Adobe Beats on Both Lines

The design software maker guides in line for the coming quarter.
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Updated from 5:06 p.m. EDT

San Jose, Calif.-based

Adobe Systems

(ADBE) - Get Report

beat analysts' second-quarter expectations and projected healthy sales for the coming quarter.

The publishing-software developer on Thursday reported net income of $152.5 million and EPS of 25 cents, compared with $123.1 million and 21 cents a share for the same quarter of 2006.

Excluding items, Adobe earned $223.2 million, or 37 cents a share.

Analysts polled by Thomson First Call had projected net income of $216.6 million, or 35 cents a share.

In recent after-hours trading the stock was down 36 cents, or 0.8%, to $43.60. The stock had been

trending higher ahead of the report.

Revenue for the quarter was $745.6 million, 17% better than revenue of $635.5 million a year ago and analysts' estimates of revenue of $728.8 million.

Growth was driven by strong sales of the company's new Creative Suite 3 product and Acrobat software, according to CEO Bruce Chizen.

With strong sales of the bundled software suites over standalone products, the company has high expectations for its Master Collection, due out in July. On a conference call, Chizen called it the "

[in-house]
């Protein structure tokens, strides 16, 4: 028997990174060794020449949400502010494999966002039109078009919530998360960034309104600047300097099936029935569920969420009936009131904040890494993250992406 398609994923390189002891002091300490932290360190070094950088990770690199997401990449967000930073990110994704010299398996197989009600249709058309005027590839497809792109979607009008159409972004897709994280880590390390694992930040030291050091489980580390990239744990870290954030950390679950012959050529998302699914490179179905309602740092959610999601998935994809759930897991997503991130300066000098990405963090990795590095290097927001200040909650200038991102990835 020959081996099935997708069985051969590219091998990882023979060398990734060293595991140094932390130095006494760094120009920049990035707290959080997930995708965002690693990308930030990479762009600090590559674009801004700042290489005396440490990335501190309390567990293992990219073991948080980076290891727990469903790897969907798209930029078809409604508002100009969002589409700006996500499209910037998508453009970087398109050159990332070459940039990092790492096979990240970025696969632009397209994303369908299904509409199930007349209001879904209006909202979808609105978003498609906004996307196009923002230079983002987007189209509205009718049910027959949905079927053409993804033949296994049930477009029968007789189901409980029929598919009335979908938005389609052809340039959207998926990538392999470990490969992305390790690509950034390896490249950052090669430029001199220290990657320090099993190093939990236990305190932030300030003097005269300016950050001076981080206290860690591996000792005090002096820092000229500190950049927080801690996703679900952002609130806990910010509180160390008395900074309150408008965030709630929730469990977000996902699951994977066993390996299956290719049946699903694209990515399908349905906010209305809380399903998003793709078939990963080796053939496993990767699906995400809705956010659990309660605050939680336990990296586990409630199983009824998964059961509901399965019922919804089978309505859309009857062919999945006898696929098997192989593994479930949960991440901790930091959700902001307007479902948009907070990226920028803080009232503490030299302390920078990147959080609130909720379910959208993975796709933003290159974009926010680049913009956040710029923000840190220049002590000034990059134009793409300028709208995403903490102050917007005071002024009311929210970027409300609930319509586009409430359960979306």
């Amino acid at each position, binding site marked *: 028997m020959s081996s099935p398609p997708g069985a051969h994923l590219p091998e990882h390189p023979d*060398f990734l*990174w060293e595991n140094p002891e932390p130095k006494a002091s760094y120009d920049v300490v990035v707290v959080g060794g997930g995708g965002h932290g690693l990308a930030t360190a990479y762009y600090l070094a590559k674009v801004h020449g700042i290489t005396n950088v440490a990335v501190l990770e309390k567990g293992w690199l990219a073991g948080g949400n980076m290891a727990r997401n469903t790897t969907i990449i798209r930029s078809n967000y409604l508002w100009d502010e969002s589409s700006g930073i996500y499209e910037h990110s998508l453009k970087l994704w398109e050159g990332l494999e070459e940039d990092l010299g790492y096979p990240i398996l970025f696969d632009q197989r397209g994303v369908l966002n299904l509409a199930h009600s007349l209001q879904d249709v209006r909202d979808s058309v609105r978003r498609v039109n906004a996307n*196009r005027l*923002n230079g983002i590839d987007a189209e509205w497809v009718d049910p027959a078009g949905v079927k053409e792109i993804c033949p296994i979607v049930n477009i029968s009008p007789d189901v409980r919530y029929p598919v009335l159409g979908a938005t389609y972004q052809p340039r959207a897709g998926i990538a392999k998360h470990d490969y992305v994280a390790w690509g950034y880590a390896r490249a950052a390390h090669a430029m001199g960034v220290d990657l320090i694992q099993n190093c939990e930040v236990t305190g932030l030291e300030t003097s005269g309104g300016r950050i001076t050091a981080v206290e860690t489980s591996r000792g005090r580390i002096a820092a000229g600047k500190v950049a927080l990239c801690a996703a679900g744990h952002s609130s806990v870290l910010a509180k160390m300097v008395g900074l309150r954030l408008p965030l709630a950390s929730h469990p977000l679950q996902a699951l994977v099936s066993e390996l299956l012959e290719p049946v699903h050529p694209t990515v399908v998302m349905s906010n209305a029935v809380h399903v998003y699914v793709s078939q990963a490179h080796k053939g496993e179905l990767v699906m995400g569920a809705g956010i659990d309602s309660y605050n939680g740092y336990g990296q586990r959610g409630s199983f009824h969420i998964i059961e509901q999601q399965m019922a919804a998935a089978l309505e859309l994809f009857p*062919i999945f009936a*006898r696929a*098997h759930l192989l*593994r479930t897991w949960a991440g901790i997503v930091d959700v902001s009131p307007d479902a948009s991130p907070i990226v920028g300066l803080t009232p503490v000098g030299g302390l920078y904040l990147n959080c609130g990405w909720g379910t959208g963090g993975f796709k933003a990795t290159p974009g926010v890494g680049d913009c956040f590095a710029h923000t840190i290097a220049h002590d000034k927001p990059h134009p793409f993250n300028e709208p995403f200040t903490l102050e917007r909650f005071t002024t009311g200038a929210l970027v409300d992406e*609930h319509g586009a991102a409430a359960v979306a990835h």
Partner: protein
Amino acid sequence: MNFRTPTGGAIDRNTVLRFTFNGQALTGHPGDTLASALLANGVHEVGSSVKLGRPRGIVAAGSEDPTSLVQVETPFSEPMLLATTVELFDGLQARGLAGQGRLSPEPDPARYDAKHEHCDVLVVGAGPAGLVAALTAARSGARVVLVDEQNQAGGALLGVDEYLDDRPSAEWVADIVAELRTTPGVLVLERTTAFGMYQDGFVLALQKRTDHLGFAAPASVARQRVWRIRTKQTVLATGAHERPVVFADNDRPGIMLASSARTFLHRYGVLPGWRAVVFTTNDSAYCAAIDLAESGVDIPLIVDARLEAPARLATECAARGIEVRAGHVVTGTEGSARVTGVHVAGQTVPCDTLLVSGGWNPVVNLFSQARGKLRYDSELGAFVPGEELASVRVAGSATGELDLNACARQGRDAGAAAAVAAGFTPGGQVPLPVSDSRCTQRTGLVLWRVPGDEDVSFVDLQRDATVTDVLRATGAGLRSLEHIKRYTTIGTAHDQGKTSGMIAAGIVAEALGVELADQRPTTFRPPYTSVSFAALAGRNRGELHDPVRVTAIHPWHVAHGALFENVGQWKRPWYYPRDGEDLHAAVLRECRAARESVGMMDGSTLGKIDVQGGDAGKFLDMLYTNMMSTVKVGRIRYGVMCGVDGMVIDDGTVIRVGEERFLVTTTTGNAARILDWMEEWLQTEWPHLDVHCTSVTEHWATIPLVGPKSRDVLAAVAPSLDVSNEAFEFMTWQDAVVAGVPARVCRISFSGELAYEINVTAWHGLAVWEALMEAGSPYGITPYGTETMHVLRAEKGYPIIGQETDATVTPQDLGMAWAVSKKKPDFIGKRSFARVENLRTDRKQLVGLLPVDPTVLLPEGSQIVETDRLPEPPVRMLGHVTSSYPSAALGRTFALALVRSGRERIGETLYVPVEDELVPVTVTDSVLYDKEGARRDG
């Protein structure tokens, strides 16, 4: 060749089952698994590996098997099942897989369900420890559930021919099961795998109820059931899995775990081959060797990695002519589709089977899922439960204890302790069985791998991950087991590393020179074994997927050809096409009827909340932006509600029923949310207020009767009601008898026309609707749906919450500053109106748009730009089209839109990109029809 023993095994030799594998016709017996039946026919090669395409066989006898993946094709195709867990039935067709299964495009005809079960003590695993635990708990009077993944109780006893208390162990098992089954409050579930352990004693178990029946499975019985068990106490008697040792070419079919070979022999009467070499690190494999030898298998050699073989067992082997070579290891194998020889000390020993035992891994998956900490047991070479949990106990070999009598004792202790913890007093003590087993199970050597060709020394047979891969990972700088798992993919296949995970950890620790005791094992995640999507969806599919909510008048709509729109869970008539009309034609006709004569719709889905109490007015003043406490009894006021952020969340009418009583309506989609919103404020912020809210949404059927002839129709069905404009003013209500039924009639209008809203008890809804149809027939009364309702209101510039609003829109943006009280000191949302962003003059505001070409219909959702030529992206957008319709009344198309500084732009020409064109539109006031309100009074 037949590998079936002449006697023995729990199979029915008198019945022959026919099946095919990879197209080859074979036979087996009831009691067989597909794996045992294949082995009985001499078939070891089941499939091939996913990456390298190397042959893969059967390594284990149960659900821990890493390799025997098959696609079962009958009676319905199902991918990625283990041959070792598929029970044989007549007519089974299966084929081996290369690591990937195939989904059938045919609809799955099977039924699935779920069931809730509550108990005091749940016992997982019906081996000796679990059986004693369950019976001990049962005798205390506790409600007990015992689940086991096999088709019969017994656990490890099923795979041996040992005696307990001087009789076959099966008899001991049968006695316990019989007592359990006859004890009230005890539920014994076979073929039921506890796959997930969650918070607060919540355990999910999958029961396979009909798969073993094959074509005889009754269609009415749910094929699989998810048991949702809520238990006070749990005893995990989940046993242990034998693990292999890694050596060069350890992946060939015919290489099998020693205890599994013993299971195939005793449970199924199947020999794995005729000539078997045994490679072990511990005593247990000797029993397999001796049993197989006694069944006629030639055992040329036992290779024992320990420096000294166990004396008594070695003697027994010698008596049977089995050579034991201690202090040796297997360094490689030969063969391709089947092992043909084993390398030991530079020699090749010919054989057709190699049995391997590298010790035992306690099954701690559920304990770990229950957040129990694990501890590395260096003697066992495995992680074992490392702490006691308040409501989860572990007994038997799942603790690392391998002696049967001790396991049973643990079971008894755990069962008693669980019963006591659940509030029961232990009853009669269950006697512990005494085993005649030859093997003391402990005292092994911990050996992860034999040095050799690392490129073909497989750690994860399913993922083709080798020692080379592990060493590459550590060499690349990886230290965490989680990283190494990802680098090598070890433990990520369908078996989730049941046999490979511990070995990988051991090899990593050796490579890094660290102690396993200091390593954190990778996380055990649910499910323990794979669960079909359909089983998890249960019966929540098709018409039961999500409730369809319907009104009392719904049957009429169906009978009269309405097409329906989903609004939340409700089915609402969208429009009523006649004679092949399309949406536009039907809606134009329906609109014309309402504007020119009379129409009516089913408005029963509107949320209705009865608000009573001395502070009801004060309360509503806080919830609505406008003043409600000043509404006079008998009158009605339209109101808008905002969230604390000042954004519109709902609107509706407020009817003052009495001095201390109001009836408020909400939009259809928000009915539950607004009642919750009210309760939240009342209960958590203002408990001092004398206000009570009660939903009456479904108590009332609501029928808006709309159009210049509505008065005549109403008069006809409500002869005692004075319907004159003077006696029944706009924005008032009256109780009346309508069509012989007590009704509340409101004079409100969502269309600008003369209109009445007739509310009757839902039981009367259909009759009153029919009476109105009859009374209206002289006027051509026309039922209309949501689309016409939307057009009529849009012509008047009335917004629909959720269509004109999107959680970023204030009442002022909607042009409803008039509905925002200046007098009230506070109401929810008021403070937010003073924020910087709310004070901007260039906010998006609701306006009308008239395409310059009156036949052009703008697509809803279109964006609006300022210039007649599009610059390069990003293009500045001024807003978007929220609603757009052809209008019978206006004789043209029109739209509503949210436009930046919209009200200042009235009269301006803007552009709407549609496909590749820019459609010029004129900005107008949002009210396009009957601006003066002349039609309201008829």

uber

-suite," priced at $2,500.

"It's the first product that combines best of Macromedia products with Adobe products," said president and chief operating office Shantanu Narayen. Adobe acquired Macromedia in 2005.

The company said it is targeting revenue of $760 million to $800 million in the third quarter. Adobe projected EPS will be between 39 cents and 41 cents, excluding items.

Consensus is for EPS of 40 cents on revenue of $781 million.

Asked about Adobe vis-à-vis

Google

(GOOG) - Get Report

Gears, the search giant's recently announced "offline" software, Narayen said Gears is complementary to Adobe's software and demonstrates the need to work offline. "The reality with Google Gears is it's still just in conjunction with a browser."

With the beta release of AIR (Adobe Integrated Runtime) this week, "we have stronger applications," Narayen said. AIR, which has open-source elements and crosses the bridge between the PC and the Web, works both within and outside browsers.